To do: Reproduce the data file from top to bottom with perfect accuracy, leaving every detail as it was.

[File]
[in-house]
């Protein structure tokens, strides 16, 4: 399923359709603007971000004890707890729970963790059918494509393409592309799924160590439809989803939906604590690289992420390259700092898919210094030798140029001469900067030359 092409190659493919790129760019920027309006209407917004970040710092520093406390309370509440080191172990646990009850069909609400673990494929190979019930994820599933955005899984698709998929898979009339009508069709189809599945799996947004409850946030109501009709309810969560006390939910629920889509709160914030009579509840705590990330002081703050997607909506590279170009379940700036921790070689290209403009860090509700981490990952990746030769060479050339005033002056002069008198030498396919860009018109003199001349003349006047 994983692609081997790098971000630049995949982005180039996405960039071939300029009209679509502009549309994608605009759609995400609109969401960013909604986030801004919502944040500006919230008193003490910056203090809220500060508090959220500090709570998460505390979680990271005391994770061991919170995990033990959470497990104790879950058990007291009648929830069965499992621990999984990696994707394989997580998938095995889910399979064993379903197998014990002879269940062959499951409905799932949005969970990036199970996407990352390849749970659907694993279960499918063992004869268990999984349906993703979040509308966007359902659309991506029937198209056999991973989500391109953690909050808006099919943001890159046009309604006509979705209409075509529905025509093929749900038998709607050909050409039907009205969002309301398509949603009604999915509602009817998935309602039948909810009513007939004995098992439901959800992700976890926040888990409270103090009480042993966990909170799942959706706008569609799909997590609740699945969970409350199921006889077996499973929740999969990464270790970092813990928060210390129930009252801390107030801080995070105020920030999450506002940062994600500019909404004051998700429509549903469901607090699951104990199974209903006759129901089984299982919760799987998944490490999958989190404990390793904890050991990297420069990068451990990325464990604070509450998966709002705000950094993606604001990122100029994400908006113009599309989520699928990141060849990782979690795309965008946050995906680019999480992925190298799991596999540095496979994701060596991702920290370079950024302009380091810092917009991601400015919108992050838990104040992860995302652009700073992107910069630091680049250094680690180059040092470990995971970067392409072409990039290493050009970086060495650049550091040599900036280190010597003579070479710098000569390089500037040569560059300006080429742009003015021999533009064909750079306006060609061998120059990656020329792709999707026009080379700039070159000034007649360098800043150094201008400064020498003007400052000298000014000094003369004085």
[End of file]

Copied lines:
[in-house]
């Protein structure tokens, strides 16, 4: 399923359709603007971000004890707890729970963790059918494509393409592309799924160590439809989803939906604590690289992420390259700092898919210094030798140029001469900067030359 092409190659493919790129760019920027309006209407917004970040710092520093406390309370509440080191172990646990009850069909609400673990494929190979019930994820599933955005899984698709998929898979009339009508069709189809599945799996947004409850946030109501009709309810969560006390939910629920889509709160914030009579509840705590990330002081703050997607909506590279170009379940700036921790070689290209403009860090509700981490990952990746030769060479050339005033002056002069008198030498396919860009018109003199001349003349006047 994983692609081997790098971000630049995949982005180039996405960039071939300029009209679509502009549309994608605009759609995400609109969401960013909604986030801004919502944040500006919230008193003490910056203090809220500060508090959220500090709570998460505390979680990271005391994770061991919170995990033990959470497990104790879950058990007291009648929830069965499992621990999984990696994707394989997580998938095995889910399979064993379903197998014990002879269940062959499951409905799932949005969970990036199970996407990352390849749970659907694993279960499918063992004869268990999984349906993703979040509308966007359902659309991506029937198209056999991973989500391109953690909050808006099919943001890159046009309604006509979705209409075509529905025509093929749900038998709607050909050409039907009205969002309301398509949603009604999915509602009817998935309602039948909810009513007939004995098992439901959800992700976890926040888990409270103090009480042993966990909170799942959706706008569609799909997590609740699945969970409350199921006889077996499973929740999969990464270790970092813990928060210390129930009252801390107030801080995070105020920030999450506002940062994600500019909404004051998700429509549903469901607090699951104990199974209903006759129901089984299982919760799987998944490490999958989190404990390793904890050991990297420069990068451990990325464990604070509450998966709002705000950094993606604001990122100029994400908006113009599309989520699928990141060849990782979690795309965008946050995906680019999480992925190298799991596999540095496979994701060596991702920290370079950024302009380091810092917009991601400015919108992050838990104040992860995302652009700073992107910069630091680049250094680690180059040092470990995971970067392409072409990039290493050009970086060495650049550091040599900036280190010597003579070479710098000569390089500037040569560059300006080429742009003015021999533009064909750079306006060609061998120059990656020329792709999707026009080379700039070159000034007649360098800043150094201008400064020498003007400052000298000014000094003369004085």